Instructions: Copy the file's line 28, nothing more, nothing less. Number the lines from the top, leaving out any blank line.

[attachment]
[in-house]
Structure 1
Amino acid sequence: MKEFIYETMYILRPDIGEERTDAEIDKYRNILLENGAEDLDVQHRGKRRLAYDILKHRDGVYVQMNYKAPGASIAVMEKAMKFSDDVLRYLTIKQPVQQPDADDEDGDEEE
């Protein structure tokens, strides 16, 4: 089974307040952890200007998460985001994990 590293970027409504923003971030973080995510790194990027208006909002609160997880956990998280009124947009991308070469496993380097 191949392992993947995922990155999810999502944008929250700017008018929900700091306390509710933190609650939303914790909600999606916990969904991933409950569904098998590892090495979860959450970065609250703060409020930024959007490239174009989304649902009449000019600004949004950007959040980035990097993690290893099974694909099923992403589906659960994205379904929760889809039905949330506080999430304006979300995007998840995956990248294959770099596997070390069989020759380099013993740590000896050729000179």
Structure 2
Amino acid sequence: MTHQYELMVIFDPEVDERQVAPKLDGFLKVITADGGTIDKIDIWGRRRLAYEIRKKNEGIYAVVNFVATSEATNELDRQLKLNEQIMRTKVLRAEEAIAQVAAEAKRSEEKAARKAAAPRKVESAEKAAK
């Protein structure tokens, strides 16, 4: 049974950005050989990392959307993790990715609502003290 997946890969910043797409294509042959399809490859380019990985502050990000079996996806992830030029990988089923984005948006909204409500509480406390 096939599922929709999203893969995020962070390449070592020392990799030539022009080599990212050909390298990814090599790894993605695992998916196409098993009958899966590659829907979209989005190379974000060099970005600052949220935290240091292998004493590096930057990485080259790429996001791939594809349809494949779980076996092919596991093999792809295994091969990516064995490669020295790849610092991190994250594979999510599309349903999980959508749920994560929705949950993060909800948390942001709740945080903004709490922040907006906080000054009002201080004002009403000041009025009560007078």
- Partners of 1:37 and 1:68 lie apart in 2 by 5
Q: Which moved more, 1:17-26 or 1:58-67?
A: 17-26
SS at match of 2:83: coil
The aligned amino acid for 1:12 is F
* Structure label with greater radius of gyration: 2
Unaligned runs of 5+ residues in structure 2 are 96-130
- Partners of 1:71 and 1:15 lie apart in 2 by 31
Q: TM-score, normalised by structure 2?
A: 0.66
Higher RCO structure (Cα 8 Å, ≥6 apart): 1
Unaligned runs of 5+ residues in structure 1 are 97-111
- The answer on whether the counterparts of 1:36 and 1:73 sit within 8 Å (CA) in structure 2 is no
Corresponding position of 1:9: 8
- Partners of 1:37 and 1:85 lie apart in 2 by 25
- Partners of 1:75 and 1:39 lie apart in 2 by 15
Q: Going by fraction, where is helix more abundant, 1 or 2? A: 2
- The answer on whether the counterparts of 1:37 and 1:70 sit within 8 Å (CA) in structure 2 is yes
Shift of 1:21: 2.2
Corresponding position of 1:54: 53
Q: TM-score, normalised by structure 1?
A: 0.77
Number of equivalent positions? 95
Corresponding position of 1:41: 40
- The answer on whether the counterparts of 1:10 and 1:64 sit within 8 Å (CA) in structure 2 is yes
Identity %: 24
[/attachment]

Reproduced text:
Q: TM-score, normalised by structure 1?